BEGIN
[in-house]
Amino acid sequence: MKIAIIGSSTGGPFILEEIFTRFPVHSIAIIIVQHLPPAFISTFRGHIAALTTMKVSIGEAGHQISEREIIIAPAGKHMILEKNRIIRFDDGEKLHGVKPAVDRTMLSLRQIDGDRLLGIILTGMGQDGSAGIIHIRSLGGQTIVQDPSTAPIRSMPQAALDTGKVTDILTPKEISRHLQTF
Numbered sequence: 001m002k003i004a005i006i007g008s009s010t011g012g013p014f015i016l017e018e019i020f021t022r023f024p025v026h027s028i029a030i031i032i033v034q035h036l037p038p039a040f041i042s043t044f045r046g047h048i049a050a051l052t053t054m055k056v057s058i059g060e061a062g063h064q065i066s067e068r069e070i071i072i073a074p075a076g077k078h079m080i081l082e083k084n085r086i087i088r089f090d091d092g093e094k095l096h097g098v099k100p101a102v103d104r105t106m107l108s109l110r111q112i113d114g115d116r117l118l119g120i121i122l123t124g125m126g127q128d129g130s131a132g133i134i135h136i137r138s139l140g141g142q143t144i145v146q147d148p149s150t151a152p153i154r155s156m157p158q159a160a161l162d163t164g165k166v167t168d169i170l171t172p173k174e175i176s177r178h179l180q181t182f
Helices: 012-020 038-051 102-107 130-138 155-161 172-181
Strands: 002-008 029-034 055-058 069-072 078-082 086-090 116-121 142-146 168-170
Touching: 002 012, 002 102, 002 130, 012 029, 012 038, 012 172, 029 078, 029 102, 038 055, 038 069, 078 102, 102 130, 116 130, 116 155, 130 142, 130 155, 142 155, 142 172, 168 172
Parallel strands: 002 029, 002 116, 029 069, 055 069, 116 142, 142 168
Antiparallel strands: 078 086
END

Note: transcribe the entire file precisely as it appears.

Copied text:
[in-house]
Amino acid sequence: MKIAIIGSSTGGPFILEEIFTRFPVHSIAIIIVQHLPPAFISTFRGHIAALTTMKVSIGEAGHQISEREIIIAPAGKHMILEKNRIIRFDDGEKLHGVKPAVDRTMLSLRQIDGDRLLGIILTGMGQDGSAGIIHIRSLGGQTIVQDPSTAPIRSMPQAALDTGKVTDILTPKEISRHLQTF
Numbered sequence: 001m002k003i004a005i006i007g008s009s010t011g012g013p014f015i016l017e018e019i020f021t022r023f024p025v026h027s028i029a030i031i032i033v034q035h036l037p038p039a040f041i042s043t044f045r046g047h048i049a050a051l052t053t054m055k056v057s058i059g060e061a062g063h064q065i066s067e068r069e070i071i072i073a074p075a076g077k078h079m080i081l082e083k084n085r086i087i088r089f090d091d092g093e094k095l096h097g098v099k100p101a102v103d104r105t106m107l108s109l110r111q112i113d114g115d116r117l118l119g120i121i122l123t124g125m126g127q128d129g130s131a132g133i134i135h136i137r138s139l140g141g142q143t144i145v146q147d148p149s150t151a152p153i154r155s156m157p158q159a160a161l162d163t164g165k166v167t168d169i170l171t172p173k174e175i176s177r178h179l180q181t182f
Helices: 012-020 038-051 102-107 130-138 155-161 172-181
Strands: 002-008 029-034 055-058 069-072 078-082 086-090 116-121 142-146 168-170
Touching: 002 012, 002 102, 002 130, 012 029, 012 038, 012 172, 029 078, 029 102, 038 055, 038 069, 078 102, 102 130, 116 130, 116 155, 130 142, 130 155, 142 155, 142 172, 168 172
Parallel strands: 002 029, 002 116, 029 069, 055 069, 116 142, 142 168
Antiparallel strands: 078 086